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Clear Creek Elementary art teacher David McGee displays some of the Fundred Dollar Bills his students created in class. McGee’s students are involved in a country-wide initiative to bring aware- ness to the dangers and prevalence of lead poisoning in children.

Clear Creek Elementary art teacher David McGee has been working with his students to discover how art can be used to raise awareness about social issues. They are preparing their own representations of $100 bills in order to alert government officials to the dangers of lead poisoning.

Unseen lead contamination in both residential and working environments puts hundreds of thousands of children and adults at risk each year. The industrial use of lead has been limited since the 1970s, but residual lead dust, primarily from gasoline and paint, often remains in homes, yards, parks, and playing fields.

Additionally, experts warn that vinyl mini-blinds, hobby materials such as fishing weights or brass items, and old unsealed bathtubs can be additional sources of lead exposure.

Screen Shot 2013-09-27 at 1.59.01 PMAlthough adults can be affected by lead poisoning, the danger to children is the greatest. Prolonged exposure to lead can af- fect brain development and cause learning dis- abilities. Other consequences include lowered IQ, behavior and attention problems, hearing damage, nervous system and kidney damage.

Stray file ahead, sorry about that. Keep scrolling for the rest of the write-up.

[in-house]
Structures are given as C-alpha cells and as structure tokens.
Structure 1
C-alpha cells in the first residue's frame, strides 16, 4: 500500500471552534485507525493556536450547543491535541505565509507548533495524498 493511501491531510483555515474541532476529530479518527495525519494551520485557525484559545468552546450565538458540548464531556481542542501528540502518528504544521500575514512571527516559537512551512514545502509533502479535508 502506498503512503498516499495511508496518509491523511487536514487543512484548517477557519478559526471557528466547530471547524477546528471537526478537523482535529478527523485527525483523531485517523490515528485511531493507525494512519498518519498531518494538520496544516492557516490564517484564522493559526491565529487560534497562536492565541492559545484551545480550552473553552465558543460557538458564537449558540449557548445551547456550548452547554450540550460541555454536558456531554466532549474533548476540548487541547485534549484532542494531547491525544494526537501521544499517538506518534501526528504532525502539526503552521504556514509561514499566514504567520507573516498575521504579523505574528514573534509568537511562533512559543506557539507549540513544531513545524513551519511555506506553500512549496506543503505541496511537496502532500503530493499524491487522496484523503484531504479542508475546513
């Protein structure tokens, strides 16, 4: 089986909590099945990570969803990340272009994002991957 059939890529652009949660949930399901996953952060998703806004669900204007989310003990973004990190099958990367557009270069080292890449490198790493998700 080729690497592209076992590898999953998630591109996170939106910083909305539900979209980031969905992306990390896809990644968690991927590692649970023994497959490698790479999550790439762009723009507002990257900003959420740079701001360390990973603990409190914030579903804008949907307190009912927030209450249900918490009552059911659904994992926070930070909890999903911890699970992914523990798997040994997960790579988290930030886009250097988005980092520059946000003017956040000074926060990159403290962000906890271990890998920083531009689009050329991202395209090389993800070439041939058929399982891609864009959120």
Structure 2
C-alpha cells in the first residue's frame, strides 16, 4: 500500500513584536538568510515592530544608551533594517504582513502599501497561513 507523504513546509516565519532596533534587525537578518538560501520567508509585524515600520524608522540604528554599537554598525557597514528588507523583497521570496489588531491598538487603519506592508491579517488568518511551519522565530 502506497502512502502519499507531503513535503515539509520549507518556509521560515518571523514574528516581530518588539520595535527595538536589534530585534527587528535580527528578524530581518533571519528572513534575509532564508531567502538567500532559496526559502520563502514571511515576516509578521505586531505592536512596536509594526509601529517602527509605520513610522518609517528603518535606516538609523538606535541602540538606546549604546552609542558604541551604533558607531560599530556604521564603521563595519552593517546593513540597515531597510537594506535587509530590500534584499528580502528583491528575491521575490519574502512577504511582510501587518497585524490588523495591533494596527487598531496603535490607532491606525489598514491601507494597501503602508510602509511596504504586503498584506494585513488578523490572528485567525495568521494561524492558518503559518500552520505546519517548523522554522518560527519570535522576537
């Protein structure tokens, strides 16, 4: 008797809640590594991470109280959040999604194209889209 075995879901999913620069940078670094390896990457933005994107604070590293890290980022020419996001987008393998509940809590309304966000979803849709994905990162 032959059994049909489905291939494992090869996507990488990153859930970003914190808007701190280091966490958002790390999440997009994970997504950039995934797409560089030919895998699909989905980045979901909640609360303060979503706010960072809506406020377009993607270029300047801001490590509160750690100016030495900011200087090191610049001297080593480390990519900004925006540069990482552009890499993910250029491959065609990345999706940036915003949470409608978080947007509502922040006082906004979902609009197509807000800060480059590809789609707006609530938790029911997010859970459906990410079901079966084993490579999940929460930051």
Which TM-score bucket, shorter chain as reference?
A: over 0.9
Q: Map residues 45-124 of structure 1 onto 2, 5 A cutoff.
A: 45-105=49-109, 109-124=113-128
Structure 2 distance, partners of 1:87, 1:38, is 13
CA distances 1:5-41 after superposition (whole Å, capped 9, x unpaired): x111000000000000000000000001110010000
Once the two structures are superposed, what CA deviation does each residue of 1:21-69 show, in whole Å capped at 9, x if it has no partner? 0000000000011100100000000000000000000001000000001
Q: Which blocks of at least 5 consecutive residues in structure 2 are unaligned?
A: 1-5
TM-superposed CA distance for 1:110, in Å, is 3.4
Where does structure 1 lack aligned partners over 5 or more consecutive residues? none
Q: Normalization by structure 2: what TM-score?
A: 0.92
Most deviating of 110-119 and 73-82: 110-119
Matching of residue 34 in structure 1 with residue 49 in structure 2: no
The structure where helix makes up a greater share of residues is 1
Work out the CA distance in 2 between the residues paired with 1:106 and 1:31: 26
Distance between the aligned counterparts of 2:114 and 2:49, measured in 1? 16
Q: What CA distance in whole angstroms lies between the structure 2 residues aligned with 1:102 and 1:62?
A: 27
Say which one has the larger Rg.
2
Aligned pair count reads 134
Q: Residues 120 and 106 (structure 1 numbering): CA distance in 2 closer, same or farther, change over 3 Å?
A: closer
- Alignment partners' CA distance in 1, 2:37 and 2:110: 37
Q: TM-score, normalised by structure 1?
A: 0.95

The Fundred Dollar Bill initiative has children create their own artistic renderings of $100 bills. Since this is “fun” for the participants who are making $100 bills, fun + hundred = Fundred!

Before his students got creative, though, McGee made sure they understood what the issue was all about. He showed videos about the dangers of lead, instructed students  on ways to reduce lead exposure, and held class discussions.

“It was amazing to find that some children had first-hand experience with lead exposure,” says McGee. “I even have one student who knows a child who has been sick for quite a while because of lead poisoning.”

After providing students with the information they needed, they got to work on their projects.

The Fundred organizers track the bills received and adjust the totals on the Fundred Dollar Bill Project website several times throughout the day.

To date, 17,832 Fundred dollar bills have been collected in North Carolina, and over 40 million have been collected from children all across the country.

Eventually the Fundred dollar bills will make their final trek to the White House via a special armored car where they will be presented to the U.S. Congress with a request for an even exchange of the creative capital for real funding to prevent lead poisoning in cities all across America.

The Fundred dollar bills created in McGee’s class will make their way by mail to Philadelphia along with those created by children from all around the country.